Fall seven times, stand up eight. In a galaxy far, far away exists a planet known as Hala. Hala is made up of Kree, a race of noble warriors who fight against those who are not nobel, such as the shape-shifting Skrulls, who are attempting to take the Kree’s planet by force. One of those Kree is “Vers” (Brie Larson), an orphan of sorts who was found one day on a planet known as “C-53” by Yon-Rogg (Jude Law) and raised the Kree way. She’s since become a super-spy, being gifted amazing power and undertaking dangerous missions to protect her home planet.
One day, a dangerous mission goes wrong in every way, and it finds Vers taken by the enemy. Managing to escape in a pod, she crash-lands back on C-53. As too have some of the Skrulls, who are looking for a light-speed engine for unspecified reasons. Of course, their mere existence on the planet means trouble. And yet, there are pieces that don’t add up. Vers is seeing memories that aren’t hers and starting to doubt her upbringing. Coming in contact with young S.H.I.E.L.D agent Nick Fury (Samuel L. Jackson), Vers will figure out who she is, and her vast, internal power.
Capturing the origins of a superhero movie on the silver screen rarely turn out to be amazing and/or genre defining. If not including Batman Begins and looking solely at the offerings within the Marvel Cinematic Universe and the DC Extended Universe, only two, maybe three can be considered top-notch in Iron Man, Wonder Woman, and Guardians of the Galaxy. Save for the utterly deplorable (hello Green Lantern and 2015’s Fant4stic), everything else is spread across the prism of “That was solid” to varying degrees. Including Captain Marvel.
Save for Iron Man, recall how the first few Marvel origins films were just a little off for a myriad of reasons? It takes some time for any average human to be fully comfortable in any component of life, whether that be a position, a relationship, or a titular comic book superhero. The casting was on point, but it still took Chris Evans and Chris Hemsworth their 2nd starring turns as Captain America and Thor, respectively, to really come across as supremely comfortable with their characters. As Danvers/Captain Marvel, Larson’s overall performance feels in a similar fashion. The early part of the script doesn’t exactly do her favors but there’s a searching aspect to her performance that prevents the audience from fully getting invested into her. They’ve got the right person, and in future roles, one has to think it’ll only get easier for the Oscar winner.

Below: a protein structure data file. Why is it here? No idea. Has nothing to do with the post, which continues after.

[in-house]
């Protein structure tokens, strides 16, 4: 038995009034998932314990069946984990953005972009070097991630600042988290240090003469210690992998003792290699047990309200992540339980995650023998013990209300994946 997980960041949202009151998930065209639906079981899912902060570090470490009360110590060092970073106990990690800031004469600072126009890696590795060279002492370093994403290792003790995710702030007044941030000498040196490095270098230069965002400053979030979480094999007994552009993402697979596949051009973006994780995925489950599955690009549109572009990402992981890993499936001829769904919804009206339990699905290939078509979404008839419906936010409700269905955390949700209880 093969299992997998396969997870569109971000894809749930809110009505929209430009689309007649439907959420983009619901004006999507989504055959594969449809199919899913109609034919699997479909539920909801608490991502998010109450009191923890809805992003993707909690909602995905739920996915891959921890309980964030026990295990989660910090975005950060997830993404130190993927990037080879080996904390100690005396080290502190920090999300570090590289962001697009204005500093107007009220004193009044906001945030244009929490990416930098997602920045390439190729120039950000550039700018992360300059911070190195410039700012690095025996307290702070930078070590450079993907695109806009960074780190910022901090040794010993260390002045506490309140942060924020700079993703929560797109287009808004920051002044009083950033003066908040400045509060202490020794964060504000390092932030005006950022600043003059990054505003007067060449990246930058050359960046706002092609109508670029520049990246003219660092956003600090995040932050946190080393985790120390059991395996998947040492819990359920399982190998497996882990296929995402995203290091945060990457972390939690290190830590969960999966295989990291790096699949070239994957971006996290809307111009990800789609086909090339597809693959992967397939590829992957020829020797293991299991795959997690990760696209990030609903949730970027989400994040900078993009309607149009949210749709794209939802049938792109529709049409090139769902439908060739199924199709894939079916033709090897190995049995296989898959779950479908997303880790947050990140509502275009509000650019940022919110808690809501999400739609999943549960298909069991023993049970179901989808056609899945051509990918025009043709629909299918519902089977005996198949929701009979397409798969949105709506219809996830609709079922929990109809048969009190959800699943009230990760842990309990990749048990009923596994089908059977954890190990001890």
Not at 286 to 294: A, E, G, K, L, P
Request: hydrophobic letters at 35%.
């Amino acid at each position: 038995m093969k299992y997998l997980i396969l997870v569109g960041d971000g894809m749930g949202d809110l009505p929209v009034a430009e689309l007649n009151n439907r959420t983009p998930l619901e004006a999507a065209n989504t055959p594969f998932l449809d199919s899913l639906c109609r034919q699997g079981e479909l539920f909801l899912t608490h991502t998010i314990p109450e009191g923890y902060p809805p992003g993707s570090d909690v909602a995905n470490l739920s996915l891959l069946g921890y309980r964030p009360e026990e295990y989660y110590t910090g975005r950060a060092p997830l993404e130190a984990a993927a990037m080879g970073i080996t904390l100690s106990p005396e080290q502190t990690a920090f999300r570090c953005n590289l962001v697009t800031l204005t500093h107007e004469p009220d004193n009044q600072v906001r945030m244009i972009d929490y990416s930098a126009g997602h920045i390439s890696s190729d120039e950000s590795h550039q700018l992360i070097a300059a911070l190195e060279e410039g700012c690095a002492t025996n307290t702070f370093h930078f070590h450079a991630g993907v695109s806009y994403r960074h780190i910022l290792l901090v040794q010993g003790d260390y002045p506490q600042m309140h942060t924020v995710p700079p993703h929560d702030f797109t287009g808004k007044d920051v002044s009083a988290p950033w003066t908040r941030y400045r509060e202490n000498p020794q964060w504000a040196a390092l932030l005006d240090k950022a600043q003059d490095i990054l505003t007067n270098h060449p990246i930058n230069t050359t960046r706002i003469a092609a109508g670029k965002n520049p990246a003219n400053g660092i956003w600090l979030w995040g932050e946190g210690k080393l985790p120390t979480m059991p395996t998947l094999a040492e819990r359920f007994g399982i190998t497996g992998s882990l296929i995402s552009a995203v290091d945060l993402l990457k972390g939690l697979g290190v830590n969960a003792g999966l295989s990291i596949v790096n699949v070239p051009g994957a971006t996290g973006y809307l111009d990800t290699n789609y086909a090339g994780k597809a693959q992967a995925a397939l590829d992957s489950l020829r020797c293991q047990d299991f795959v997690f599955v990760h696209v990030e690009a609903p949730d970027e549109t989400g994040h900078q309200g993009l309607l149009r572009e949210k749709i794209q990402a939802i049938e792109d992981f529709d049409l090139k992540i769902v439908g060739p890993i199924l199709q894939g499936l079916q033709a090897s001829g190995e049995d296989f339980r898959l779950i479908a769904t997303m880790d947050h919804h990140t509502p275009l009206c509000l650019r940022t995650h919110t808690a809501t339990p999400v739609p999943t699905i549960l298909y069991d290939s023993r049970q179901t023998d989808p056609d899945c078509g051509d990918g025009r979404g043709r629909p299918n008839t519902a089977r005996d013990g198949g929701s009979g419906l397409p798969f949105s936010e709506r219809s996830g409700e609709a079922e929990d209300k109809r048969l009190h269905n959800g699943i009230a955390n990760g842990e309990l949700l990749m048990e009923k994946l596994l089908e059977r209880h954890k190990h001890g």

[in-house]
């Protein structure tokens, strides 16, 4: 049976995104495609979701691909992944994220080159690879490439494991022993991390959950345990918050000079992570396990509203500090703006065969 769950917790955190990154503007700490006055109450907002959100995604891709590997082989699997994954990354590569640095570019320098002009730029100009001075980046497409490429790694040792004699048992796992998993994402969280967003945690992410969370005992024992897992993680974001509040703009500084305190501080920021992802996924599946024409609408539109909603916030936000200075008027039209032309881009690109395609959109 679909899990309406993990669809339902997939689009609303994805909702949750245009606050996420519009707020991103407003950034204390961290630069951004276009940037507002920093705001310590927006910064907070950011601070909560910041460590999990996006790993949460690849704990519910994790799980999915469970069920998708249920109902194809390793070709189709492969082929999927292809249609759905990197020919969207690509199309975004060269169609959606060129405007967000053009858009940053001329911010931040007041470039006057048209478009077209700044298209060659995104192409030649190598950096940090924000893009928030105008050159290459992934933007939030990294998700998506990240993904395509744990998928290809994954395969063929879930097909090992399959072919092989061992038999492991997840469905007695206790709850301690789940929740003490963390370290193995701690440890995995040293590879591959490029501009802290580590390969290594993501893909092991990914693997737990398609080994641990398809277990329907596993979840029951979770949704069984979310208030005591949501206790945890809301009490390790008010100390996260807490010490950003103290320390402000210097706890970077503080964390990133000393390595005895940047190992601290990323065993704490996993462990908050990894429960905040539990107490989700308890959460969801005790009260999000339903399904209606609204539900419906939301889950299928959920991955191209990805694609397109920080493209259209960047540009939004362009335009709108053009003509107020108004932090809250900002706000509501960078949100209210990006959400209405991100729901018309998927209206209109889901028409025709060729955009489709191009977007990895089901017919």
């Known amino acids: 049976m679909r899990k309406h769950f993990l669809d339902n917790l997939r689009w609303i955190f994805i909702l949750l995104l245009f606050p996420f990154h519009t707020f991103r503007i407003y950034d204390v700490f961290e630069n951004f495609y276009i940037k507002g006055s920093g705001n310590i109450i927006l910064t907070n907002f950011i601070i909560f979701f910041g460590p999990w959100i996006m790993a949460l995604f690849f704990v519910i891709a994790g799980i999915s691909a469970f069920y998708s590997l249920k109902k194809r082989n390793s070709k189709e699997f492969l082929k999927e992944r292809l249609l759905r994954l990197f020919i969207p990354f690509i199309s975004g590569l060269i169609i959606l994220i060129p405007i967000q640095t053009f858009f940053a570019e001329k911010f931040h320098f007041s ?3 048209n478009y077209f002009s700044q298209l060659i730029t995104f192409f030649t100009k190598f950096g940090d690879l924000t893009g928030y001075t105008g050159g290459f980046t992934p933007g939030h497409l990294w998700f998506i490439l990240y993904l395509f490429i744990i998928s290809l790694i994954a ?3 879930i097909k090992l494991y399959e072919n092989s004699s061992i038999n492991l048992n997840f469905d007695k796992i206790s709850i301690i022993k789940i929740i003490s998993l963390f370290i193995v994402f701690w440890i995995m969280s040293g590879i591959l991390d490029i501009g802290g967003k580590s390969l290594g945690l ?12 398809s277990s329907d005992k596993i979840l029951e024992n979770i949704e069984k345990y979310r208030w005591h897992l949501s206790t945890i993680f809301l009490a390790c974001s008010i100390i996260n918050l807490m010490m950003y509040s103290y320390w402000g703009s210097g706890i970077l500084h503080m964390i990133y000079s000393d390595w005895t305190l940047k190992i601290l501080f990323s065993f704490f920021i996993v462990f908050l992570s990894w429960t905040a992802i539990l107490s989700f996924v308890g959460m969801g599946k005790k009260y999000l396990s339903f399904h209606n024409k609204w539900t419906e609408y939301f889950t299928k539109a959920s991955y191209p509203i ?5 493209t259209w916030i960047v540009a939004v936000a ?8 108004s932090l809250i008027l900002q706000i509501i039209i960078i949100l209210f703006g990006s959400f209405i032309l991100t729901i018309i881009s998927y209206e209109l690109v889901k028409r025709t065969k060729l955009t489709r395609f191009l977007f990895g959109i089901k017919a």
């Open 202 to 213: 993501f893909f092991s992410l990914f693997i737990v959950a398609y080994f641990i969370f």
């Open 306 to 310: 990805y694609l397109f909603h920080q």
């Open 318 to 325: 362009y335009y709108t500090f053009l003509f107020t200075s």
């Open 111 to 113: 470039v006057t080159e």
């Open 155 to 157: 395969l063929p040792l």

Making the jump from indie-focused films to a mega-blockbuster is no easy feat, and that is the task that co-directors/writers Anna Boden and Ryan Fleck tackle. Collectively, the two pass this test, not with flying colors, but a pass nonetheless. Make no mistake, the first 20-30 minutes of Captain Marvel aren’t better than mediocre, and kind of rough at the absolute worst, both from an aesthetic standpoint in the first big set-piece as well as the storytelling in general (memory-fueled montages are used heavily in two extensive scenes; the second time fares much better after we’ve spent some time with Veers). Give it time, as once the film hits its halfway point and the “twist” is revealed, Captain Marvel settles into a groove, outfitted with a pleasing finale set to No Doubt’s Just a Girl.
Outside of its obvious genre placement, Captain Marvel incorporates a few other sub-genres, most notably the buddy cop. Larson and Jackson are the duo, and their energetic chemistry definitely carries the movie through its meh patch. Jackson in particular—de-aging computer-generated imagery and all—has never been better in a Marvel production. Law plays the basic role any superhero movie needs soundly enough. In a surprise from his recent turns, it is Ben Mendelsohn who gives substantial heart to the story.
Superhero origin flicks are sometimes like eating vegetables. Some taste great, others you could do without. But in a way, they’re needed so that you get your nutrients/backstory, and better appreciate the main staple of the dish/next adventure with more context. Let’s say Captain Marvel is cauliflower. Never will be thought of as an elite-tier vegetable/origin film, but certainly above the bottom.
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